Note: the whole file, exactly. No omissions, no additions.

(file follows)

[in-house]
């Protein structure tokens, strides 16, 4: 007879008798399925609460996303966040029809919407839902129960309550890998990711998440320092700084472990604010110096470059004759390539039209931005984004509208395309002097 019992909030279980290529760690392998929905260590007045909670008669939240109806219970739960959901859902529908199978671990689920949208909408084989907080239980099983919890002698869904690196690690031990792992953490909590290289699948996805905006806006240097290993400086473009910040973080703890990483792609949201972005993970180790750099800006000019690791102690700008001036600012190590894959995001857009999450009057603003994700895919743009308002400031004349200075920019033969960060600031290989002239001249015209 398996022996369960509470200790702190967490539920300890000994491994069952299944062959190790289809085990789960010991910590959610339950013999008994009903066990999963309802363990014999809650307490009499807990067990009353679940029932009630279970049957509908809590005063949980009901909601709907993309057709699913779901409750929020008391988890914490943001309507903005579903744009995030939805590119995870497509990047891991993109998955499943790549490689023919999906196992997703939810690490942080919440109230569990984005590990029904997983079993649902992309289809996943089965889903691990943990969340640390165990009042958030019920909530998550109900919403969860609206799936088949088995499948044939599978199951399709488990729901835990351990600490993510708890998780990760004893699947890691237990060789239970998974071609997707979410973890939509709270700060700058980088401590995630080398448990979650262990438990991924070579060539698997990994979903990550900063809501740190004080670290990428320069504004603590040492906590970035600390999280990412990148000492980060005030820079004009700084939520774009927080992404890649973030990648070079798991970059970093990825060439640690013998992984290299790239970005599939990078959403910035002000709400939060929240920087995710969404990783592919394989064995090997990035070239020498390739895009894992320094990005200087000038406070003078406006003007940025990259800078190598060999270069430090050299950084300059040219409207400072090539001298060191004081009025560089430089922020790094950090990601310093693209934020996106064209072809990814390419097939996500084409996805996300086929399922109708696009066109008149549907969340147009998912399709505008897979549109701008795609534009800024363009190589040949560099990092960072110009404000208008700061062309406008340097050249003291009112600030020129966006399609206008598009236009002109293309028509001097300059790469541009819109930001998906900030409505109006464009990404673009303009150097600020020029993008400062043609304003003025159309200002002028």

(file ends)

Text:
[in-house]
């Protein structure tokens, strides 16, 4: 007879008798399925609460996303966040029809919407839902129960309550890998990711998440320092700084472990604010110096470059004759390539039209931005984004509208395309002097 019992909030279980290529760690392998929905260590007045909670008669939240109806219970739960959901859902529908199978671990689920949208909408084989907080239980099983919890002698869904690196690690031990792992953490909590290289699948996805905006806006240097290993400086473009910040973080703890990483792609949201972005993970180790750099800006000019690791102690700008001036600012190590894959995001857009999450009057603003994700895919743009308002400031004349200075920019033969960060600031290989002239001249015209 398996022996369960509470200790702190967490539920300890000994491994069952299944062959190790289809085990789960010991910590959610339950013999008994009903066990999963309802363990014999809650307490009499807990067990009353679940029932009630279970049957509908809590005063949980009901909601709907993309057709699913779901409750929020008391988890914490943001309507903005579903744009995030939805590119995870497509990047891991993109998955499943790549490689023919999906196992997703939810690490942080919440109230569990984005590990029904997983079993649902992309289809996943089965889903691990943990969340640390165990009042958030019920909530998550109900919403969860609206799936088949088995499948044939599978199951399709488990729901835990351990600490993510708890998780990760004893699947890691237990060789239970998974071609997707979410973890939509709270700060700058980088401590995630080398448990979650262990438990991924070579060539698997990994979903990550900063809501740190004080670290990428320069504004603590040492906590970035600390999280990412990148000492980060005030820079004009700084939520774009927080992404890649973030990648070079798991970059970093990825060439640690013998992984290299790239970005599939990078959403910035002000709400939060929240920087995710969404990783592919394989064995090997990035070239020498390739895009894992320094990005200087000038406070003078406006003007940025990259800078190598060999270069430090050299950084300059040219409207400072090539001298060191004081009025560089430089922020790094950090990601310093693209934020996106064209072809990814390419097939996500084409996805996300086929399922109708696009066109008149549907969340147009998912399709505008897979549109701008795609534009800024363009190589040949560099990092960072110009404000208008700061062309406008340097050249003291009112600030020129966006399609206008598009236009002109293309028509001097300059790469541009819109930001998906900030409505109006464009990404673009303009150097600020020029993008400062043609304003003025159309200002002028």